How to Help a Senior that has Fallen Prey to Common Scams

There is an increase in the instances of foreign scammers preying on senior adults. Three common scams I see use religion, prizes, and loneliness to gain access to the senior’s assets. senior citizen


Charity/Religion Scam. In this scenario, the scammer calls the senior and pretends to be a charity or religious organization. The scammer may pray with the senior over the phone and spend a lot of time talking to the senior about the senior’s life in order to convince them that they are friends. Of course, the scammer will also talk about the need for money for some project. The scammer may call several times a week to check on the senior “friend.” The senior begins to send money to the scammer. Often, after several months, the family may notice something is wrong. At this point the senior will often become defensive of the friend and angry toward family. This may continue until hundreds of thousands of dollars have been sent to the scammer.

Sweepstakes Scam. A family member of mine almost experienced this scam. The family member received a call that she had won Publisher’s Clearing House; but, needed to give access to her bank account so the money could be transferred. Fortunately, she did not disclose any information and had me check into it. I discovered the number led to a location in Jamaica – clearly not the real Publisher’s Clearing House.

Matchmaking. Believe it or not, seniors use online dating services because they are lonely. The senior may “meet” someone and have a virtual relationship. This relationship usually consists only of emailing or chat. In other words, the senior never sees the person; but, grows to think they love each other. At that point, the new “love” starts talking about money problems. The senior begins wiring money. This begins a cycle as the new “love” always has money problems.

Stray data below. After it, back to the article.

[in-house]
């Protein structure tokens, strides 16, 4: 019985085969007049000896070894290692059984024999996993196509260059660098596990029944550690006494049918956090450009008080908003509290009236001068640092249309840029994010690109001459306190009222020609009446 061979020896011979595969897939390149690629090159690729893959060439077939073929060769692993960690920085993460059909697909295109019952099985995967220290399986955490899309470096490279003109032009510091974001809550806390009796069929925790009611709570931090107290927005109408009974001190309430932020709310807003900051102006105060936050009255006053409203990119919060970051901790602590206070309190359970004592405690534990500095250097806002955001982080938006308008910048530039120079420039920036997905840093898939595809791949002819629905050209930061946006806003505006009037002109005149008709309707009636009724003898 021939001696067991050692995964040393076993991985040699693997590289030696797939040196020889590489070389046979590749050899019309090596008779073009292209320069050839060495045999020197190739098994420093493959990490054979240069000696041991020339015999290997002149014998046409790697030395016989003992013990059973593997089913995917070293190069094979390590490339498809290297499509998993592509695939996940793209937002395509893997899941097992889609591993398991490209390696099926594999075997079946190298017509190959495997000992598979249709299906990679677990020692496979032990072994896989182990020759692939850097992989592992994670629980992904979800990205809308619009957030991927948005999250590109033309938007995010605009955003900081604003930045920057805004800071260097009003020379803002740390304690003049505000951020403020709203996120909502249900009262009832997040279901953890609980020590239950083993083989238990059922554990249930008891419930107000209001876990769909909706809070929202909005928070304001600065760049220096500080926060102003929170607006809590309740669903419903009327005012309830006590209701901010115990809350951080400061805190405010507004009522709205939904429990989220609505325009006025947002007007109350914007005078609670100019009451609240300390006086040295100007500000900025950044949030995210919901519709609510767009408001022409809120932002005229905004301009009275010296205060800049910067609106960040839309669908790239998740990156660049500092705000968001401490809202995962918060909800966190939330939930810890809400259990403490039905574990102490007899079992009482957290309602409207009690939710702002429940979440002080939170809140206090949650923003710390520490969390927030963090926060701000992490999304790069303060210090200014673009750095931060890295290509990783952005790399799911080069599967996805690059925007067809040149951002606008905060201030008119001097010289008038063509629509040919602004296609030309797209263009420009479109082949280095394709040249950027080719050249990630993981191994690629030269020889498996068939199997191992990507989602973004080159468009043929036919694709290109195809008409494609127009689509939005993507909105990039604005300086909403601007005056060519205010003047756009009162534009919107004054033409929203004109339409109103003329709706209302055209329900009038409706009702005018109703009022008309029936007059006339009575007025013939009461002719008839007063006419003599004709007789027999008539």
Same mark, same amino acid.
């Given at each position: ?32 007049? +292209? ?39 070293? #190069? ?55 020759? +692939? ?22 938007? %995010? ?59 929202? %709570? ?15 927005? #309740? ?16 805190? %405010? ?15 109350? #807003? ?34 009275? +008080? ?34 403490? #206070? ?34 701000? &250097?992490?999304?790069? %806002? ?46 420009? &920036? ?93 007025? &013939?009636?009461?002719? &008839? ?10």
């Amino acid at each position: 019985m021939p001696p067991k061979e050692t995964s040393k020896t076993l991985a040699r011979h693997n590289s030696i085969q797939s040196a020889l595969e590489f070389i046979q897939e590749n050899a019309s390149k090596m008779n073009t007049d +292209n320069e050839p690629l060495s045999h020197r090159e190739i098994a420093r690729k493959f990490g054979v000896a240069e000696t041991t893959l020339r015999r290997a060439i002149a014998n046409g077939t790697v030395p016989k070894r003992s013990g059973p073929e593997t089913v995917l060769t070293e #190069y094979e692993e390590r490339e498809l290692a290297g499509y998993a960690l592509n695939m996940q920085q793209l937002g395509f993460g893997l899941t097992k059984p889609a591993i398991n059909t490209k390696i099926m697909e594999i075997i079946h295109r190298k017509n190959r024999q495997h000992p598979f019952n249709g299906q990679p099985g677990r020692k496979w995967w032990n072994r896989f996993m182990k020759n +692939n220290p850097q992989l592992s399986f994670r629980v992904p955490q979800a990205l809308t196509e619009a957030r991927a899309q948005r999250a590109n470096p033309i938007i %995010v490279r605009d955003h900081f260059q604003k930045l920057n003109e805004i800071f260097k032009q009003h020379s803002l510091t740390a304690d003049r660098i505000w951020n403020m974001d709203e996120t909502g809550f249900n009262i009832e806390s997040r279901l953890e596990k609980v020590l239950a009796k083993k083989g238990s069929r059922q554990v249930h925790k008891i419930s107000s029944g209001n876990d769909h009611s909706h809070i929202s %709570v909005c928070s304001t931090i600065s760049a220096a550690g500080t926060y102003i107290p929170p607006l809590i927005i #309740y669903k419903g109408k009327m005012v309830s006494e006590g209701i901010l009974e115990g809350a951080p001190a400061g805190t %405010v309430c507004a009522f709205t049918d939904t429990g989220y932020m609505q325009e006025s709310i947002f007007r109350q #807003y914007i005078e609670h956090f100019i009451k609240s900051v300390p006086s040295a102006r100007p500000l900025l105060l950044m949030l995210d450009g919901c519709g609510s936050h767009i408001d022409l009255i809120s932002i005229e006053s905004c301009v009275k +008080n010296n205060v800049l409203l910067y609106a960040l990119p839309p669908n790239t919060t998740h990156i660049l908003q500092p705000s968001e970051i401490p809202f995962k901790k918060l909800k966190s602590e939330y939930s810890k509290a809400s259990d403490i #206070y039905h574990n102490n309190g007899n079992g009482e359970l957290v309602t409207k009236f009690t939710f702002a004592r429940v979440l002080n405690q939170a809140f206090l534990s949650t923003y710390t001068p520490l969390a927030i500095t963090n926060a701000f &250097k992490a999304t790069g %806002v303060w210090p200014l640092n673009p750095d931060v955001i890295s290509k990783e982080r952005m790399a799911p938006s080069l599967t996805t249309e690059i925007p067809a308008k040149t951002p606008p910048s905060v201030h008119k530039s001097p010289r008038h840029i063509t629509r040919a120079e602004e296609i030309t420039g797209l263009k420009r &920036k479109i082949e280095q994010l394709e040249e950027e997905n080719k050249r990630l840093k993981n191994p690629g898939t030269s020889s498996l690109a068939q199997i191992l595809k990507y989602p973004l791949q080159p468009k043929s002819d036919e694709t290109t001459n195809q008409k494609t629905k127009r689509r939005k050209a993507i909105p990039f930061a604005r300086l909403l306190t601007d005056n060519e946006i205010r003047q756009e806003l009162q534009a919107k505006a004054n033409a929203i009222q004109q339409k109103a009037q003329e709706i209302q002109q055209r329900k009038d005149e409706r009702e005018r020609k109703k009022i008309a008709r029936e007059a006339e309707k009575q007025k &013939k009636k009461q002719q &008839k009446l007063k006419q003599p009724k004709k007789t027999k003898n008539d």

How can the family help or intervene? The family may be able to monitor bank accounts, change phone numbers, monitor the senior’s mail and activities and stop this activity. Seniors can also be desperate enough to send money to the “friend” that they sell or pawn property to get money. At this point, if the senior has a medical issue such as dementia, the family will likely need to look at court action such as guardianship and conservatorship. This action is extreme but it can work to prevent a senior from obtaining loans, signing contracts, or cashing out assets to send to the scammer. These cases can be very difficult and it is important for the family to seek legal advice as soon as it is suspected that the senior is the victim of a scam.


-Melanie B. Bradford 



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